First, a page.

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History of Venture Capital Funding

The main aim of this article is to shed light on the history of Venture capital funding, which means, infusing long term equity finance, for the purpose of providing a solid capital foundation for future growth of a company. Read on to know more on Venture capital funding history.

The first half of the 20th century was the realm of rich and affluent individuals and families. Some of the notable investors in private companies during these times were

the Vanderbilts, Whitneys, Rockefellers and Warburgs. Eastern Air Lines and Douglas Aircraft were both financed by the Rockefeller family in 1938.

Origin of Venture capital funding

It is interesting to note that money orders were mainly the sphere of wealthy individuals and families, before World War II. The true private equity investments began to emerge not until after World War II. American Research and Development Corporation and J.H. Whitney & Company were the first two venture capital firms were founded in 1946. Georges Doriot, known as the "father of venture capitalism" founded the American Research and Development Corporation. The main idea was to support private sector investments in businesses which were run by soldiers who were coming back from World War II. ARDC is recognized as to when its 1957 investment of $70,000 in Digital Equipment Corporation  would be grow over $355 million after the company's initial public offering in 1968.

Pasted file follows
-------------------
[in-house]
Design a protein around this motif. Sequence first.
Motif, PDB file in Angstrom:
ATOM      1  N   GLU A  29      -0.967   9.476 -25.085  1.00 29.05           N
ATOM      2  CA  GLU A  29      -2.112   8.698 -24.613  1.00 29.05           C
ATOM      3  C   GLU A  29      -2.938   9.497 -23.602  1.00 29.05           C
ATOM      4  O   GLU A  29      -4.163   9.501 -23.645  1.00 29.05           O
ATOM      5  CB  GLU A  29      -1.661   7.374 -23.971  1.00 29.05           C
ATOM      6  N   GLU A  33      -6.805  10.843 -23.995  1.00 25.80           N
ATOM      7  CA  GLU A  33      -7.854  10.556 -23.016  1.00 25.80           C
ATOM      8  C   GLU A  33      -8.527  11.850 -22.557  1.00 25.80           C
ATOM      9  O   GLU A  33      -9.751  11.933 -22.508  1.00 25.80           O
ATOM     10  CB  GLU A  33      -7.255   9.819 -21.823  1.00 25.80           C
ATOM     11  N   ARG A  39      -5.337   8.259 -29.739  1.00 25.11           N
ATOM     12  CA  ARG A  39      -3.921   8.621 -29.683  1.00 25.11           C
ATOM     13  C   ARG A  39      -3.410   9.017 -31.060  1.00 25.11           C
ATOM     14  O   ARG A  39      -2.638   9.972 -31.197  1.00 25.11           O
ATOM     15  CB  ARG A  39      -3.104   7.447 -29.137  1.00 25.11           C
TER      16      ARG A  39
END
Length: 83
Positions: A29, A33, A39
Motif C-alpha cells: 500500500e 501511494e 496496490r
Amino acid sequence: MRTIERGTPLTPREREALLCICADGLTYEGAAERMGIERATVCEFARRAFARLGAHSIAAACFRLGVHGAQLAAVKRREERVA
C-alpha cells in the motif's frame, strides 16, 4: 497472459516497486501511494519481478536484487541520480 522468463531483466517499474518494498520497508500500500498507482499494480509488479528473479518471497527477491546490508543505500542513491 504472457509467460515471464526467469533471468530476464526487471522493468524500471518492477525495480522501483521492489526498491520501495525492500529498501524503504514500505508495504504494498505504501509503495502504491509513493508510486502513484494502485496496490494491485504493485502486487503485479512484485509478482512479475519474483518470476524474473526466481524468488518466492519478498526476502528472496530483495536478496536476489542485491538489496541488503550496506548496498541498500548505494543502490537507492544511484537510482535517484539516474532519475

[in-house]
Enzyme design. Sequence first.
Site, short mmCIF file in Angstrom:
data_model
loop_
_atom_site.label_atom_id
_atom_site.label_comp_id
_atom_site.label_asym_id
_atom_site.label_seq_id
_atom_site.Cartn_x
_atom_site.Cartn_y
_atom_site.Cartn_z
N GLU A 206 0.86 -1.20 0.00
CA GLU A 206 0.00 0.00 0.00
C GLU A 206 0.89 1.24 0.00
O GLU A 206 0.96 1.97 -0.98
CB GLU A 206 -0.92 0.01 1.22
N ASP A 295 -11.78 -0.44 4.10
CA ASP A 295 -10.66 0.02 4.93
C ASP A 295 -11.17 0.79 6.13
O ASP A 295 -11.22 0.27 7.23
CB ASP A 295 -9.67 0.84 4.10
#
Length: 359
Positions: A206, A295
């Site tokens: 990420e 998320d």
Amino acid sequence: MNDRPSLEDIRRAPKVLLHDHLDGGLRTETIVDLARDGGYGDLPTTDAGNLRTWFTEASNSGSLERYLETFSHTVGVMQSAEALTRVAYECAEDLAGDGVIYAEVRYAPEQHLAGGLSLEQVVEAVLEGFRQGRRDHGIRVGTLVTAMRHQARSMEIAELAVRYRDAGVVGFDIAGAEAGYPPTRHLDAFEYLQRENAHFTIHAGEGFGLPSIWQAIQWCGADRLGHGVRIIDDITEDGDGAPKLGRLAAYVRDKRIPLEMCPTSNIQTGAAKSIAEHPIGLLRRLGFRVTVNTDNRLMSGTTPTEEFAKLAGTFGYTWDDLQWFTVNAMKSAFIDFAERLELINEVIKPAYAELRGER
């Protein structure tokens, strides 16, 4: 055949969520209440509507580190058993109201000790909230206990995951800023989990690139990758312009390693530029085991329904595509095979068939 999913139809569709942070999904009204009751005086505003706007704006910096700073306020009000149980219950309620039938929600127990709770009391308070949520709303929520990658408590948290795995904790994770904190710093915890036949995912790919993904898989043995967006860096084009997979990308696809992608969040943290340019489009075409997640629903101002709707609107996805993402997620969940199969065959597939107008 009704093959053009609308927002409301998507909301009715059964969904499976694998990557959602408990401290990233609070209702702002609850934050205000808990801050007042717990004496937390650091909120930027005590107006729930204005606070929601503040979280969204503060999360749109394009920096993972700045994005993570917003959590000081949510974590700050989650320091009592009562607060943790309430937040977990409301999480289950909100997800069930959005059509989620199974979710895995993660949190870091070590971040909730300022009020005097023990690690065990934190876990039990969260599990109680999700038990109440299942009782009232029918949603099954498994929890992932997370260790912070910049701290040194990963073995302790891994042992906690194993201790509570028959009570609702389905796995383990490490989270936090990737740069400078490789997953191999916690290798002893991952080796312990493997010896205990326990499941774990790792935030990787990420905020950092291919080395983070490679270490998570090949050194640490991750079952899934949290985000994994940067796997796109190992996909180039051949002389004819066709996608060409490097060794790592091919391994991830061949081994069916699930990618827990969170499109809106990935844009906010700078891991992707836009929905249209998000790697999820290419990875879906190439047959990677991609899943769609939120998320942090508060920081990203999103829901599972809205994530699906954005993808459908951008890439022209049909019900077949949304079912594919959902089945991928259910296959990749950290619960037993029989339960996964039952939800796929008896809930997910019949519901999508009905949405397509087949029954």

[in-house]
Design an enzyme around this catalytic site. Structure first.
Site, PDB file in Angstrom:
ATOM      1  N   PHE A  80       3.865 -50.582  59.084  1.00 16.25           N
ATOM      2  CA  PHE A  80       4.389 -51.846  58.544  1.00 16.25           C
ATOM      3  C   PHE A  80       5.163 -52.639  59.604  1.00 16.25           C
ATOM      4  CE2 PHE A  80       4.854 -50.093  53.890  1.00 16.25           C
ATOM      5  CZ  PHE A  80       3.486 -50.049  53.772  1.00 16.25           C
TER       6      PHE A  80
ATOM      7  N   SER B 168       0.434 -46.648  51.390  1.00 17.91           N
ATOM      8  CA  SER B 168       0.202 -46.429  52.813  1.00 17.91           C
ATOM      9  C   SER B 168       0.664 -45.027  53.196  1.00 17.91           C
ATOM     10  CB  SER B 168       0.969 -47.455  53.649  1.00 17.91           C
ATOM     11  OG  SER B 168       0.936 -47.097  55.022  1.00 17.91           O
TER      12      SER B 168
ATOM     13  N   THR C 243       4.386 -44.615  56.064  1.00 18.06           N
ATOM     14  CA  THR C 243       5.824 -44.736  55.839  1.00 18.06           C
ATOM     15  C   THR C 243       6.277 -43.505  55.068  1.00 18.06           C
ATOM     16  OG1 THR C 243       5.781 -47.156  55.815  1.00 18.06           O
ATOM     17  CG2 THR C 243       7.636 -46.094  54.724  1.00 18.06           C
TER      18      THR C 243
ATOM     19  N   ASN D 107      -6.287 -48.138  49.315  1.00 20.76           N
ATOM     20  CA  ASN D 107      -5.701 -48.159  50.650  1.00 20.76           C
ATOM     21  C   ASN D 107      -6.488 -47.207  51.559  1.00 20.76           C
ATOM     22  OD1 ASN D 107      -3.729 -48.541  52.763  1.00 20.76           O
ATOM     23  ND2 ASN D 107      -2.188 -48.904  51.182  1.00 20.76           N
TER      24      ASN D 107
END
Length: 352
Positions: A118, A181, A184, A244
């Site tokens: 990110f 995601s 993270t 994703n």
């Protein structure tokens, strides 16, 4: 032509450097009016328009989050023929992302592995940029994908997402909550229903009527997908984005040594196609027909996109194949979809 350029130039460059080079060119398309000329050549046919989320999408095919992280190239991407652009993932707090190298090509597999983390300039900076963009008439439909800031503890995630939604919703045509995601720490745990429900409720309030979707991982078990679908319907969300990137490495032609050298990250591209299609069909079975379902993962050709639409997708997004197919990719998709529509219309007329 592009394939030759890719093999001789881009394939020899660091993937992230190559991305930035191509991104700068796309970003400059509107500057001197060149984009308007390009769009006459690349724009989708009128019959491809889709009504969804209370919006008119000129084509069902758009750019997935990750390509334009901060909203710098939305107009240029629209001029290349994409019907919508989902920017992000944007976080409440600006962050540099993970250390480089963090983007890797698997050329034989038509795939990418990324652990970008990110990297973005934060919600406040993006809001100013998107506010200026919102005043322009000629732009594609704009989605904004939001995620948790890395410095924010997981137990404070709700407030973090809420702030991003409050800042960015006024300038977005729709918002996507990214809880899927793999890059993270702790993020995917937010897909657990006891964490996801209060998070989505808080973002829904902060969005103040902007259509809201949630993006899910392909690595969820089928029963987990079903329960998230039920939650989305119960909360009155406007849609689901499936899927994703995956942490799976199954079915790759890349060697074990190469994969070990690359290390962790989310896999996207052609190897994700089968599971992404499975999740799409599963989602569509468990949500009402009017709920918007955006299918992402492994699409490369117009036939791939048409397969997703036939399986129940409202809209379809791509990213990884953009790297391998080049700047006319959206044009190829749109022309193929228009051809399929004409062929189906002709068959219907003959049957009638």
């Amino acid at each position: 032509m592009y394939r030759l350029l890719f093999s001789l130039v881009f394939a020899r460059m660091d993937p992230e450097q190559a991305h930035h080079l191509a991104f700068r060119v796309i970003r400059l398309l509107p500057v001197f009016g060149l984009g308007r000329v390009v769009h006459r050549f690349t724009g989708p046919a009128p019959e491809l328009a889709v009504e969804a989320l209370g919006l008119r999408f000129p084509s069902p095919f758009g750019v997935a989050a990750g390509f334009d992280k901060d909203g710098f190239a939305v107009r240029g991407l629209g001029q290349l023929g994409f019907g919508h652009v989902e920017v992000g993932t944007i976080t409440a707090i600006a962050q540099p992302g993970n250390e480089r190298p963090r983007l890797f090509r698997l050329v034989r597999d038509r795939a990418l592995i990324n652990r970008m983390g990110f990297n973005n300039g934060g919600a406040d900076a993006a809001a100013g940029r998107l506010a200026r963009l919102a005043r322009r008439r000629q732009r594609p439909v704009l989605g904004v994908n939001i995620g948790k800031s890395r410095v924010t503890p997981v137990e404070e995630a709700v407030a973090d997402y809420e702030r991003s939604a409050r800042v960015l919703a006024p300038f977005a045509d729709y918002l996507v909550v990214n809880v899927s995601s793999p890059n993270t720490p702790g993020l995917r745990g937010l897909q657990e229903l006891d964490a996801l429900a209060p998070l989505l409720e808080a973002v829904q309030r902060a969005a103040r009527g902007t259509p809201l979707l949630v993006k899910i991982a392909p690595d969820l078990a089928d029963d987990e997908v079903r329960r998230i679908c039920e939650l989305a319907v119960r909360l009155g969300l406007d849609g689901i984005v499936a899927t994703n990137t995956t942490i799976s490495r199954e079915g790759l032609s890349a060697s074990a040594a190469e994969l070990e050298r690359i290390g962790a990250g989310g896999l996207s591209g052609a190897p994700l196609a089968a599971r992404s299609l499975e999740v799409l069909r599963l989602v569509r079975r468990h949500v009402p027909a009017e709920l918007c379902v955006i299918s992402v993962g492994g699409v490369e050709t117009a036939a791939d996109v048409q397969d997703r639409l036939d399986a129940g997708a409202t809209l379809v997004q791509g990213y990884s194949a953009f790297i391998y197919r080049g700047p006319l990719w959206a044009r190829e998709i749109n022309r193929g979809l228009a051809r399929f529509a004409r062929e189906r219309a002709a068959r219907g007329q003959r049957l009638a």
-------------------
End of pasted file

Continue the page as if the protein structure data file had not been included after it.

Looking back in the history of VC funding, it is seen that the past employees of ARDC went on to establish several well-known venture capital firms, like Greylock Partners and Morgan, Holland Ventures, the predecessor of Flagship Ventures. ARDC continued to invest until 1971 when Doriot retired. In 1972, Doriot merged ARDC with Textron after investing in more than 150 companies.

John Hay Whitney and his partner Benno Schmidt founded the J.H. Whitney & Company as the Venture capital funding history reveals. Investing since the 1930s, they set up the Pioneer Pictures in 1933 and thus acquired a 15% interest in Technicolor Corporation. Florida Foods Corporation has been by far, Whitney's most famous investment. The company developed a new method for carrying nutrition to American soldiers as Minute Maid orange juice, which was later sold to The Coca-Cola Company in 1960. J.H. Whitney & Company continued to make investments in leveraged buyout transactions, raising around $750 million for its sixth institutional private equity fund in 2005.

The history of Venture capital funding, though not very old is sure interesting.